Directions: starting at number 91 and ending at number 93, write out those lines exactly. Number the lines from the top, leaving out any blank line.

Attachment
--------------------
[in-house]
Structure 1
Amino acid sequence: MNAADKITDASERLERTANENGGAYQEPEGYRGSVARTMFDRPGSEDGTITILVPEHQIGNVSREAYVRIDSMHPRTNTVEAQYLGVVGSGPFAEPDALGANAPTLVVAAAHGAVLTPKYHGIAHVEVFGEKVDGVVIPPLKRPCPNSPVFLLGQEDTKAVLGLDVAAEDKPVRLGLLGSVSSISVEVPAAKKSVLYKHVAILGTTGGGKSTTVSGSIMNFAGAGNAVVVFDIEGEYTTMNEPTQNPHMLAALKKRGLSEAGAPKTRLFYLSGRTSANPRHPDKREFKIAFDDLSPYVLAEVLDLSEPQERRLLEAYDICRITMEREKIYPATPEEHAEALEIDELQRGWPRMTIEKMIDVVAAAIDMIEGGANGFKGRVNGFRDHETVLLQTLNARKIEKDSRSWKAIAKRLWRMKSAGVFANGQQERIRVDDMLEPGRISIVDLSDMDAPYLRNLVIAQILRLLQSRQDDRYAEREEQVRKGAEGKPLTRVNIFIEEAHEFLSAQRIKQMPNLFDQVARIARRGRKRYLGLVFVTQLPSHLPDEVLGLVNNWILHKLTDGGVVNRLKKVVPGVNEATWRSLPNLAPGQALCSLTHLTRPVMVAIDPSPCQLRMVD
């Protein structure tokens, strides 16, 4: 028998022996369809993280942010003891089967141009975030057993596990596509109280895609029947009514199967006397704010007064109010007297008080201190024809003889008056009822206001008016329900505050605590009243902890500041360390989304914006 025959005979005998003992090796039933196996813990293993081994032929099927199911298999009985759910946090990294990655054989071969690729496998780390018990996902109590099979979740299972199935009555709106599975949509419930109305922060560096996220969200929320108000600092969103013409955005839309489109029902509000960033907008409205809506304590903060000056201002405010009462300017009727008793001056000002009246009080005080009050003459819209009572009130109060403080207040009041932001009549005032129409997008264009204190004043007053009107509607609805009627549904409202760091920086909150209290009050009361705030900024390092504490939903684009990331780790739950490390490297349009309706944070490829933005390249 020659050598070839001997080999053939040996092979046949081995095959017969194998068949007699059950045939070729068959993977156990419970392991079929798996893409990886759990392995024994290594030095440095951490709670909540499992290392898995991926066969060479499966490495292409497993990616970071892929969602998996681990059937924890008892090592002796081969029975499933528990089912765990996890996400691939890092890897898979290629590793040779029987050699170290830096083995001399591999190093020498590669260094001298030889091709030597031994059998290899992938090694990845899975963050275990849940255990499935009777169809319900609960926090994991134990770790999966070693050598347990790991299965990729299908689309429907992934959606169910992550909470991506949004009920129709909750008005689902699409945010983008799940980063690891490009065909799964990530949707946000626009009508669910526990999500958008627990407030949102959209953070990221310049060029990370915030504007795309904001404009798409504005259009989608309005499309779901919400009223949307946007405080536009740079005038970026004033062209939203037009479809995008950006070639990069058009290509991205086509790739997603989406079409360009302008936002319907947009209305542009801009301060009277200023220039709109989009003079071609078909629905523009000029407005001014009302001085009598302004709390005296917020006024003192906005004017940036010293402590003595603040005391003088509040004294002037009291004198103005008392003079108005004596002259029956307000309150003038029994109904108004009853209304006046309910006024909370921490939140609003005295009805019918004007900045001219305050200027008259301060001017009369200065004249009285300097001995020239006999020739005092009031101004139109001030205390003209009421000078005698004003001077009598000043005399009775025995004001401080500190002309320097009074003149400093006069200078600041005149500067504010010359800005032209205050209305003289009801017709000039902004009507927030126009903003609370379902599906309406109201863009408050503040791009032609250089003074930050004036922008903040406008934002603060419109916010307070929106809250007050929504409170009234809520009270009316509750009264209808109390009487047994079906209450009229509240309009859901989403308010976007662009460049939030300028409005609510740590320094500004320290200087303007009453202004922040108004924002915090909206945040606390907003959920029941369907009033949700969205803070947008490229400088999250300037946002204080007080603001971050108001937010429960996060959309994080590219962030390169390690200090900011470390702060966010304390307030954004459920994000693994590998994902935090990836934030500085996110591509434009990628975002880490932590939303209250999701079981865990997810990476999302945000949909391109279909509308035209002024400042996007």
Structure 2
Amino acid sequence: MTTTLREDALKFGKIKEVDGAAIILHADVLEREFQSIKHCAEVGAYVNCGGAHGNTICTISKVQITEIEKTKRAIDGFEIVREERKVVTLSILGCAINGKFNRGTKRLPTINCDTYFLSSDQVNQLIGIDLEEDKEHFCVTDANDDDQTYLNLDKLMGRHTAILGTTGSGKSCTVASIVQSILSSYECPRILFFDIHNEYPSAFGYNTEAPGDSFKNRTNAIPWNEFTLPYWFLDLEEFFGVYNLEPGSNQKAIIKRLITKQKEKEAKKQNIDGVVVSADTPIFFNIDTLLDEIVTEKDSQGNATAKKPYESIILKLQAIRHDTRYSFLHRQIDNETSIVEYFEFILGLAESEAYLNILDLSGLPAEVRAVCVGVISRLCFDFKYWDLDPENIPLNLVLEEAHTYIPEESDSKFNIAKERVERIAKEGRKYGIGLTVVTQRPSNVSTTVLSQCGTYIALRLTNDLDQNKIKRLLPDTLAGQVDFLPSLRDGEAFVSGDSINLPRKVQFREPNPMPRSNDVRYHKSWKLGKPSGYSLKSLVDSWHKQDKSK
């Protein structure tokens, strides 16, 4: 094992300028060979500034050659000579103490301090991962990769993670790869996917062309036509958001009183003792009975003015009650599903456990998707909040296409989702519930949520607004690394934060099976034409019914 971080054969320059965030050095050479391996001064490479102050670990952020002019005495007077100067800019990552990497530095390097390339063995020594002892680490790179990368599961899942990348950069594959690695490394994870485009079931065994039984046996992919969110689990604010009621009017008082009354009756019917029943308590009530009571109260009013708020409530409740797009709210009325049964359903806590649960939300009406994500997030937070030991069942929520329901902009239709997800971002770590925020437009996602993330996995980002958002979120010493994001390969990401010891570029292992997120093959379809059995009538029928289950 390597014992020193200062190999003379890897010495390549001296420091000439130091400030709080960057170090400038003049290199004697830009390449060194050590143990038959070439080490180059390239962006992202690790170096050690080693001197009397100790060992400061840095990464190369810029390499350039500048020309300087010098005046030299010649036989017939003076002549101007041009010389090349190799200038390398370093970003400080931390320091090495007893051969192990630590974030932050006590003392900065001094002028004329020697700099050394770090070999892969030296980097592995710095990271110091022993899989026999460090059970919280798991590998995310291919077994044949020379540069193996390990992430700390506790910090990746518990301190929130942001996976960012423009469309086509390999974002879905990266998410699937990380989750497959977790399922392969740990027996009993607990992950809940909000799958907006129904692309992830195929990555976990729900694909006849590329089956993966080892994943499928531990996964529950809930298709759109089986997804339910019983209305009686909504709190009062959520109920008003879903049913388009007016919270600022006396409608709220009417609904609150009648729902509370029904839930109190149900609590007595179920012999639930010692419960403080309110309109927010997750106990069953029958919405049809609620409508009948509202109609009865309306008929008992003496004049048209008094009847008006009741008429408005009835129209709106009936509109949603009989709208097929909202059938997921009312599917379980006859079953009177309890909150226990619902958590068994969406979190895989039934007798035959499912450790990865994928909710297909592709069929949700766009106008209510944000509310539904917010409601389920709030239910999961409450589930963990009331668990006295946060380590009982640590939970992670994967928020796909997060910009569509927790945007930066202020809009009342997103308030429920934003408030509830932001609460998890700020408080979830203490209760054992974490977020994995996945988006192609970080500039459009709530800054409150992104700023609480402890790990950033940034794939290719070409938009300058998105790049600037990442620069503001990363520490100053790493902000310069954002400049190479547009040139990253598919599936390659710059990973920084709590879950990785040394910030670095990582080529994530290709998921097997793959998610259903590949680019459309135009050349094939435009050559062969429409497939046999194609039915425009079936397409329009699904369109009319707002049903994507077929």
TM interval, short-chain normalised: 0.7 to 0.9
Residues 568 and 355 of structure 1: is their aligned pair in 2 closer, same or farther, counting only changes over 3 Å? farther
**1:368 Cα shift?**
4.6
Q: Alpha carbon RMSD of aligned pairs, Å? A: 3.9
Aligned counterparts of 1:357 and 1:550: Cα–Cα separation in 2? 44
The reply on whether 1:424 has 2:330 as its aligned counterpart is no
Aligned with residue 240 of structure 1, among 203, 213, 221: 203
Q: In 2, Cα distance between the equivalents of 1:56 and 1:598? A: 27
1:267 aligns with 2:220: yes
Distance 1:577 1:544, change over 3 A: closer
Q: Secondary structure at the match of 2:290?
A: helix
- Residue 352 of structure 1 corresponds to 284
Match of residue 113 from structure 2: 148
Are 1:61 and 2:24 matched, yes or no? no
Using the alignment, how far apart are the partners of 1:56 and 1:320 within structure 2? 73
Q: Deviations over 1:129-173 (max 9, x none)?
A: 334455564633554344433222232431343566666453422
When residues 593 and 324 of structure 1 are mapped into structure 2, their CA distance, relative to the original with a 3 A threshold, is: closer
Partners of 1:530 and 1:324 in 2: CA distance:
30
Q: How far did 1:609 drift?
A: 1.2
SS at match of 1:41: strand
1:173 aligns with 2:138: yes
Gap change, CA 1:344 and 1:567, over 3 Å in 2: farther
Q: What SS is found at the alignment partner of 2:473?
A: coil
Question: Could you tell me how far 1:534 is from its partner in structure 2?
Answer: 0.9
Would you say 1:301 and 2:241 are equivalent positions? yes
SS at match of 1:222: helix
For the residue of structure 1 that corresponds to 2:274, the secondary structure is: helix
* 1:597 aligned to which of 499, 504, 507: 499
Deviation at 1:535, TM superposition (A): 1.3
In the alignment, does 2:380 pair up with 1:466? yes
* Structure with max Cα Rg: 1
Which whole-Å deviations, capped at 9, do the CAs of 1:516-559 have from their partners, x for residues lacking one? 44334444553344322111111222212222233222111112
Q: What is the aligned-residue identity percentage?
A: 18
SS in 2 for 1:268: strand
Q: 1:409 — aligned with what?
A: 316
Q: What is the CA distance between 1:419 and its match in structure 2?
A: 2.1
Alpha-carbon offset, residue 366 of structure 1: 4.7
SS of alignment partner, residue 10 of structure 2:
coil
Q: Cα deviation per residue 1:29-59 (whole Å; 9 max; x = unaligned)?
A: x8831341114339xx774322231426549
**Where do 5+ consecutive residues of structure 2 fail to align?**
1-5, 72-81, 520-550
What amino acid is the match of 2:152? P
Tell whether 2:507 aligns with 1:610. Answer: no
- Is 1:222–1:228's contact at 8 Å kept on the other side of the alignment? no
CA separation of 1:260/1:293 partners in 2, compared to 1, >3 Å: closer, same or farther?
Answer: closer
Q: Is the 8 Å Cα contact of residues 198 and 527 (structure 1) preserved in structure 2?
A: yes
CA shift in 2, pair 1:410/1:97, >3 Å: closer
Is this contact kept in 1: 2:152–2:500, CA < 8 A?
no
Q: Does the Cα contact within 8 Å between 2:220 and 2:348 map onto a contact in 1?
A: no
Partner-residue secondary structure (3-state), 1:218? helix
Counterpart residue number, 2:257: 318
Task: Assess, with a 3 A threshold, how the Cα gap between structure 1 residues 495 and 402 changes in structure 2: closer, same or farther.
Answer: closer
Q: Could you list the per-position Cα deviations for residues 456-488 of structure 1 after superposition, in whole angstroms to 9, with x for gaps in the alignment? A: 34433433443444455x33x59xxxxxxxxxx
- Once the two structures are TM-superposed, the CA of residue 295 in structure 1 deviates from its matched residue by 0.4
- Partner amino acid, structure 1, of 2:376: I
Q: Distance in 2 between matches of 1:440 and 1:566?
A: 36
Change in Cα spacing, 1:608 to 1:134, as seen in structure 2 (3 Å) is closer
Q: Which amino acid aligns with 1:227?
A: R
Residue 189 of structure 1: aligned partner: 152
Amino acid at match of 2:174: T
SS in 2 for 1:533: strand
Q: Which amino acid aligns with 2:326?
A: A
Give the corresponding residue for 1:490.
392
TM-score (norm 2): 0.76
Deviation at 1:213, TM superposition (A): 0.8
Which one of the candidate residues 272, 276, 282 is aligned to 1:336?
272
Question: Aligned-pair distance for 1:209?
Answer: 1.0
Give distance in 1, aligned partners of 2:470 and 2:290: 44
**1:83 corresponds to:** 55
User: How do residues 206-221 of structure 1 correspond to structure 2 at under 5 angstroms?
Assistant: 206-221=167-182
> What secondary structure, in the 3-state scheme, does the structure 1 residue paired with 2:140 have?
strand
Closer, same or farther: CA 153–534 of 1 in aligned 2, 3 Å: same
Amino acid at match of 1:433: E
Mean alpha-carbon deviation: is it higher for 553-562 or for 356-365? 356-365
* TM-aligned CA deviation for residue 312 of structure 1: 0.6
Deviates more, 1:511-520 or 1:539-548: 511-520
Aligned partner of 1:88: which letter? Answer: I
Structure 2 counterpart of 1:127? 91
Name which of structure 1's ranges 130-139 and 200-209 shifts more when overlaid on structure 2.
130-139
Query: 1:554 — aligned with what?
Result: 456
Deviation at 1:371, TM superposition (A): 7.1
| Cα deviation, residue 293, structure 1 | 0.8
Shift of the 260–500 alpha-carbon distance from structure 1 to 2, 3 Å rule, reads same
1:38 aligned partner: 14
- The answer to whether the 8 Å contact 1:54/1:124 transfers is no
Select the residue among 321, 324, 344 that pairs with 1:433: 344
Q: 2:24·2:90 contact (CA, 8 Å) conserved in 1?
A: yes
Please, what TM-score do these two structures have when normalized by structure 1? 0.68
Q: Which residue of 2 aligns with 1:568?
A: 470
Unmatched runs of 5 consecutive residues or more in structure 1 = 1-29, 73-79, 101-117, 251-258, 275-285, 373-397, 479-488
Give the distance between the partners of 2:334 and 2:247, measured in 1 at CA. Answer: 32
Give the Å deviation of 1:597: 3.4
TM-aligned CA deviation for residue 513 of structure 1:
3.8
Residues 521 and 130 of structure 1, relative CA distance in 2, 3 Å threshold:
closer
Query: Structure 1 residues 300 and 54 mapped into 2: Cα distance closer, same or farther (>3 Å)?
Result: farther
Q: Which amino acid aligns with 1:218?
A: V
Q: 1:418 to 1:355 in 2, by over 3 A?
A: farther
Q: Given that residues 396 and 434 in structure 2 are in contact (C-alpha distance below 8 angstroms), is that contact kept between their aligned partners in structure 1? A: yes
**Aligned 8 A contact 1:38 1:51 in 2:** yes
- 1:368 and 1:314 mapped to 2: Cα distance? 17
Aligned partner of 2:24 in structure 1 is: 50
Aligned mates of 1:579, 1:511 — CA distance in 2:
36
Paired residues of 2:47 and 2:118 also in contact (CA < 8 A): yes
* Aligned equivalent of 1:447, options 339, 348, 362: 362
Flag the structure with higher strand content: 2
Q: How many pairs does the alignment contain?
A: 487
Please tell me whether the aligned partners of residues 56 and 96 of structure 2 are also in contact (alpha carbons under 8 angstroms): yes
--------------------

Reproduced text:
392
TM-score (norm 2): 0.76
Deviation at 1:213, TM superposition (A): 0.8